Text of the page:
This no-knead bread recipe is made in a Dutch oven. It’s easy enough for novice bakers (us), but tasty enough for expert bread eaters (also us).
Yep. We learned how to bake bread in 2020. And even though it’s cliché, as far as skills go, this is one we’re glad to have learned.
We started easy and learned how to make the best whole wheat beer bread. We then moved into the no-knead bread territory.
We started making no-knead breads just on a pan. Because as people who had planned to move overseas in March 2020, we shipped off our Dutch oven. But soon it became clear we needed that cooking item (for bread and stews and really everything and anything). So after getting one back, we moved into Dutch oven bread territory. And…
Minds blown. Lives changed.
This specific no-knead Dutch oven bread recipe was designed to go in our stuffing (coming soon). But you can (and we have) put many, many things in such a bread.
The base is 3 cups of flour. For this recipe we do 2 cups all purpose and 1 cup whole wheat. But in other recipes we swap that.
We’ve only used instant yeast, because that’s been the easiest to get this past year. And we’re going pretty standard with the herbs: dried thyme, dried rosemary, and garlic powder. We don’t use much because, as you’ll see, they pack a punch.
These tips are for the novice bread maker who would need to search for things such as no-knead bread and Dutch oven bread. We are you. We were intimidated to bake bread, but so incredibly happy and satisfied when we did.
Measuring the flour
We do not weigh our flour. We know that’s the best thing to do, but it’s just too much sometimes. Instead we spoon and level it. To do this, first, place your measuring cup in a bowl. Gently spoon flour into your measuring cup until it’s overflowing a bit. Then take the flat side of a knife and level it off. Put the measured flour into your mixing bowl. Put the excess flour back into your sack of flour.
Whisking the dry ingredients
We do not have a sifter, but we do have a whisk. To keep the flour light and fully incorporate all the ingredients, we whisk them all together.
Add the salt first and whisk completely. Then add the yeast. You don’t want the salt and yeast to touch too directly because salt kills yeast.
Adding the water
The recipe calls for 1 1/4 cups room temperature water. We recommend adding 1 full cup first and then adding the remaining water slowly. You want to add enough so that the dough comes together in a sticky ball. But adding too much water makes the dough more difficult to work with. Most often we use the full 1/4 cup, but sometimes we need more and sometimes we need less. Depends on the humidity, the types of flour we’re using, and we’re sure a whole host of other factors we’re not 100% clear on.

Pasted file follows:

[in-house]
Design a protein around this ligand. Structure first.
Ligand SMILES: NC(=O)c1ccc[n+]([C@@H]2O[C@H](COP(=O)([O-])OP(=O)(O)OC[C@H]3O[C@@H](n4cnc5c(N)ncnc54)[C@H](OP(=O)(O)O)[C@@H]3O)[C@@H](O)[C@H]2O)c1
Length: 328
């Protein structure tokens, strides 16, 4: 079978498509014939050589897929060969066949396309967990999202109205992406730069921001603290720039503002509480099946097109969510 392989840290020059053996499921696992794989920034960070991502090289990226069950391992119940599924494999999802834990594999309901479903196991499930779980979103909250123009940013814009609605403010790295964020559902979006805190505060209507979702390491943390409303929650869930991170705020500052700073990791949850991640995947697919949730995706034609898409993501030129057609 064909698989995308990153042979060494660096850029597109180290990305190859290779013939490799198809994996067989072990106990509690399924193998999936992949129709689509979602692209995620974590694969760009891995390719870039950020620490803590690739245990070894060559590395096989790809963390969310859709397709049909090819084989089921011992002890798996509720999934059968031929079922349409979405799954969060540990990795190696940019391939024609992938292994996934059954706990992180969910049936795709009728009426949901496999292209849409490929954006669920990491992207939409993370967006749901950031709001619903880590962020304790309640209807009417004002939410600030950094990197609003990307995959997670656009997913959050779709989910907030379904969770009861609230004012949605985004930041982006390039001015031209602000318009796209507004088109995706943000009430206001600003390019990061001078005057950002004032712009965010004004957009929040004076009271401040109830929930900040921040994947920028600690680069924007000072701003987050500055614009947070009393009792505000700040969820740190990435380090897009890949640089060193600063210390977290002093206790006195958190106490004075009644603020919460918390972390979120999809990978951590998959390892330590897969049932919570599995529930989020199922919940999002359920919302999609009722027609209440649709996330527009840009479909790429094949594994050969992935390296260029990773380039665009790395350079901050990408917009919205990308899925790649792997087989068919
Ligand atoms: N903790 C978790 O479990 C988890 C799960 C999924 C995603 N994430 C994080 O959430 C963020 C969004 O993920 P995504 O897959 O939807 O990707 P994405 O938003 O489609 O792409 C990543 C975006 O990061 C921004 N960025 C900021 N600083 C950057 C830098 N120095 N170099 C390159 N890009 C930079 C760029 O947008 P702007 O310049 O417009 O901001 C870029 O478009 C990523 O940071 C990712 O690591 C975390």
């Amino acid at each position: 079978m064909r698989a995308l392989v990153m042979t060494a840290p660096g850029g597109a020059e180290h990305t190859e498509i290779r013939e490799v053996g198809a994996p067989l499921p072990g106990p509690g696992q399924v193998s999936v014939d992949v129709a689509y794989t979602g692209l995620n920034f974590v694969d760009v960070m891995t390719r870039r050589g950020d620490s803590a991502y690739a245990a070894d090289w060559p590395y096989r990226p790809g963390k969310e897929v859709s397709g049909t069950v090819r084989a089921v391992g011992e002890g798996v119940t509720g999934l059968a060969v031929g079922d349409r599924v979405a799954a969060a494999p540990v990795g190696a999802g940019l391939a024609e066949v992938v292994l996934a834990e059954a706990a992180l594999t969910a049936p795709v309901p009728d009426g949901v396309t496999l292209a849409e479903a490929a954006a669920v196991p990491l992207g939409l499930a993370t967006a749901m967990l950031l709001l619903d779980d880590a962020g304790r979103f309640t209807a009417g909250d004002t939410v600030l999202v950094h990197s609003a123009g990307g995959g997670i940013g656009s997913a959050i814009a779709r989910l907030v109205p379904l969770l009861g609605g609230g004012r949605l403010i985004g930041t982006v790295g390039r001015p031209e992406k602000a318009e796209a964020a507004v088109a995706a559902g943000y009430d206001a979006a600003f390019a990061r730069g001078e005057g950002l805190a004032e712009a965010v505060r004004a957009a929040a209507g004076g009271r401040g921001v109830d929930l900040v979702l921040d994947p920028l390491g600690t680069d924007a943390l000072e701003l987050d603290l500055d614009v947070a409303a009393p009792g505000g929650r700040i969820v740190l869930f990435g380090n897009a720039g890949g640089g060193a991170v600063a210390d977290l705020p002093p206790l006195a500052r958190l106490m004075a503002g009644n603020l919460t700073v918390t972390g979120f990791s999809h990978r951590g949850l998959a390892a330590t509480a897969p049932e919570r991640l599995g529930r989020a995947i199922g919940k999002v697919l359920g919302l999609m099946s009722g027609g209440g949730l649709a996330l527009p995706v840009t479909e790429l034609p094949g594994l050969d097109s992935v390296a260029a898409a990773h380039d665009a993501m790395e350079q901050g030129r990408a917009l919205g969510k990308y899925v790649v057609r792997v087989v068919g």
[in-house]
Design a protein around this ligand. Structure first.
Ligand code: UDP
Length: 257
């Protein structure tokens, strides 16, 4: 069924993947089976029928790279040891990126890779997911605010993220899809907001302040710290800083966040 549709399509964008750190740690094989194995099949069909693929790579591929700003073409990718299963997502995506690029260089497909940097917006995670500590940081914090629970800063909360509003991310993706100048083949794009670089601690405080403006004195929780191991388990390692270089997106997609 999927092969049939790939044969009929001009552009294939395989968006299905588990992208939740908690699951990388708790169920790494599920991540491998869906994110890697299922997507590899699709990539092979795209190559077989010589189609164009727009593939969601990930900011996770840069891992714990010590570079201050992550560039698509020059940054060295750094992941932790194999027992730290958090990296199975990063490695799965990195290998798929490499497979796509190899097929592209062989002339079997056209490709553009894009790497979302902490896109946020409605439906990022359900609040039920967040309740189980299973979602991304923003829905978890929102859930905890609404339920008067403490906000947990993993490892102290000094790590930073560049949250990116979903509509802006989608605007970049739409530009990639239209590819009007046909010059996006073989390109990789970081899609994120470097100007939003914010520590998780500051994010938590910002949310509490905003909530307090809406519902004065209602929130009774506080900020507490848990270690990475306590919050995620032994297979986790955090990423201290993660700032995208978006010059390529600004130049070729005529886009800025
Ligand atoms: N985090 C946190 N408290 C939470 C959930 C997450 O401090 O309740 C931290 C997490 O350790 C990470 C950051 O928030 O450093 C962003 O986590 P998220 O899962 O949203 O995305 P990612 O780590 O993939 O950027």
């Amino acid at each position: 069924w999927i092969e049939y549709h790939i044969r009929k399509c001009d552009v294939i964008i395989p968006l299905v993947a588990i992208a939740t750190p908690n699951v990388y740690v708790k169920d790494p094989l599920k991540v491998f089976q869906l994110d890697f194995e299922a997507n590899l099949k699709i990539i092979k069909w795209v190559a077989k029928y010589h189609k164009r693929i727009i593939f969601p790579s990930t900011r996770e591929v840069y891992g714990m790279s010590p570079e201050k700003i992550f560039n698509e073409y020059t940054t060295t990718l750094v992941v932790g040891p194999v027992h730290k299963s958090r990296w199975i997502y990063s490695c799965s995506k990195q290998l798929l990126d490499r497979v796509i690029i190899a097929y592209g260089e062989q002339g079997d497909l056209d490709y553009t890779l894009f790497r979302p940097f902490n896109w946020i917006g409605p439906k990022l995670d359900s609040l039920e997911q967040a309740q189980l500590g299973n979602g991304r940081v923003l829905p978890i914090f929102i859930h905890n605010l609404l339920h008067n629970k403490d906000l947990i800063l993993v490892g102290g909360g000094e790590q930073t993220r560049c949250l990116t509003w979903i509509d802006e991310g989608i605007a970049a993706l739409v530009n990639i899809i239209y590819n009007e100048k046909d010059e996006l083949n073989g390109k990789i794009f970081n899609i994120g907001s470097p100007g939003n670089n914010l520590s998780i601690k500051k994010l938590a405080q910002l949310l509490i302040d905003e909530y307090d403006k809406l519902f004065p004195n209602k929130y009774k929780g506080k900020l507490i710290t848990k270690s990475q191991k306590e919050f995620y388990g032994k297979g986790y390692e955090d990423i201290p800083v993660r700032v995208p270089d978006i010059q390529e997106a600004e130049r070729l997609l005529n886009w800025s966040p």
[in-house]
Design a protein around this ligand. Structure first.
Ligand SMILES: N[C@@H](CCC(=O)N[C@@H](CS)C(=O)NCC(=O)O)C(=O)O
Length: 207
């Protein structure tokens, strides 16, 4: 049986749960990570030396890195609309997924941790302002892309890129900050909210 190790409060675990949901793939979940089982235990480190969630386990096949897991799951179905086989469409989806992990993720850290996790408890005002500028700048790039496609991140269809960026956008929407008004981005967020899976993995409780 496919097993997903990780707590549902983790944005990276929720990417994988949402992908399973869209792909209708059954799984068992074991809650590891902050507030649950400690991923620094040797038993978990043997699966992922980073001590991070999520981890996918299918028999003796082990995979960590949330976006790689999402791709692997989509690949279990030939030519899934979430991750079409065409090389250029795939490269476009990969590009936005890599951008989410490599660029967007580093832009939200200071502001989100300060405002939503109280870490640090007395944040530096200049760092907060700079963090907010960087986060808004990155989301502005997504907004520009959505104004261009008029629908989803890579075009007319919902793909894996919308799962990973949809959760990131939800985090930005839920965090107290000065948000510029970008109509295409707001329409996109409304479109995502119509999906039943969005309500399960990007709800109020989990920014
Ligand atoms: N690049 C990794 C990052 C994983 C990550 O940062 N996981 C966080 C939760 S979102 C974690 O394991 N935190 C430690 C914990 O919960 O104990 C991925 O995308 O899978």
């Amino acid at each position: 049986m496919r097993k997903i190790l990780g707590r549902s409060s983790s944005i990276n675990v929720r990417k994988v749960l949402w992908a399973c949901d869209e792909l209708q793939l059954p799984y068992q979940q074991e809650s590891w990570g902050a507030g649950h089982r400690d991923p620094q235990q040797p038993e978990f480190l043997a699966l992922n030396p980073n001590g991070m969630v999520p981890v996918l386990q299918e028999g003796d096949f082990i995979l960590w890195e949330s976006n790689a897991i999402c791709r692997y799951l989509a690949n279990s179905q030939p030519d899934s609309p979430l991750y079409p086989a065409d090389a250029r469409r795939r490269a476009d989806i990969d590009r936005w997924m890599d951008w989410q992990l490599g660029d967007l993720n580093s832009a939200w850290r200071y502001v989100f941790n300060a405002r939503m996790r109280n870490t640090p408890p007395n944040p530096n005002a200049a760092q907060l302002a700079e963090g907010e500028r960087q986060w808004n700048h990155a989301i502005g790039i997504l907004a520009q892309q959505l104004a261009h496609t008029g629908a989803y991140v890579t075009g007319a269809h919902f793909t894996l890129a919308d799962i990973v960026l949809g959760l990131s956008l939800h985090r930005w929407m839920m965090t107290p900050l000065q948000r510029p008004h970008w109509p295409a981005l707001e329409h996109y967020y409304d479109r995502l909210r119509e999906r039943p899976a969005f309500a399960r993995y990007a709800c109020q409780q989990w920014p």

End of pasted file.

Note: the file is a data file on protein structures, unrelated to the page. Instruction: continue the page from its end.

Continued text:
Remember the pot holders
The rest of the recipe is pretty simple if you follow the instructions below. But we did want to call out one more friendly reminder to keep potholders nearby and use them. From removing the Dutch oven from the pre-heated oven, to removing the lid during the baking, to removing the loaf from the pot – be careful and use potholders.
- 2 cups all purpose flour, plus extra for dusting dough/hands
- 1 cup whole wheat flour
- 1 tsp salt
- 1 packet instant yeast (7 g)
- 1/4 tsp dried thyme
- 1/4 tsp dried rosemary
- 1/8 tsp garlic powder
- 1 1/4 cup water
- Olive oil for board
- Sift or whisk together all purpose and whole wheat flour.
- Whisk in salt and yeast (one at a time). Whisk in herbs.
- Pour 1 cup of water into the flour and start incorporating it with a wooden spoon. Slowly add the rest of the water until all the flour is incorporated and you have a sticky ball. Note: you may need a little more or a little less than indicated depending on all factors that impact this sort of thing!
- Cover bowl with plastic wrap and put in a warm-ish spot (or an unheated oven with the door closed) for 4 hours.
- Grease a cutting board with a small amount of olive oil. Turn the dough ball out onto the board. We find it's easiest to do this with a rubber spatula. Dust dough and hands with flour. Pick up the dough and fold it in on itself twice. Put back down on the board, dust with a little bit more dough, and cover with plastic wrap.
- Heat oven to 450°F. After 10 minutes, put Dutch Oven (with lid) into the oven.
- 20 minutes later (so the dough has rested for a total of 30 minutes), take the Dutch Oven out of the oven and remove the lid (with potholders - it's hot!).
- Remove plastic wrap from the dough and dust hands with flour. Pick up dough from board and fold the sides under to create a ball shape. Carefully place the dough into the Dutch Oven (being careful not to let your hands touch the sides of the pot). Cover (remember to use a potholder since the lid is still hot) and put into the oven.
- Let the bread bake for 30 minutes. Remove lid and let bake for 15 minutes more. Take the Dutch oven out. Carefully remove the bread (use a towel or potholders) and let rest/cool on a rack for at least 1 hour before slicing and eating. If you want it to still be a bit warm, let it rest covered with a towel.
- This recipe was inspired by this no-knead bread recipe.
- We tried making this with a little more water, which probably yields a bit of an airier bread, but the dough is much stickier and more difficult to handle and work with. We like it this way.
- We created this bread recipe specifically for use in stuffing. That's why it's so herby. But the possibilities are endless in terms of flavorings.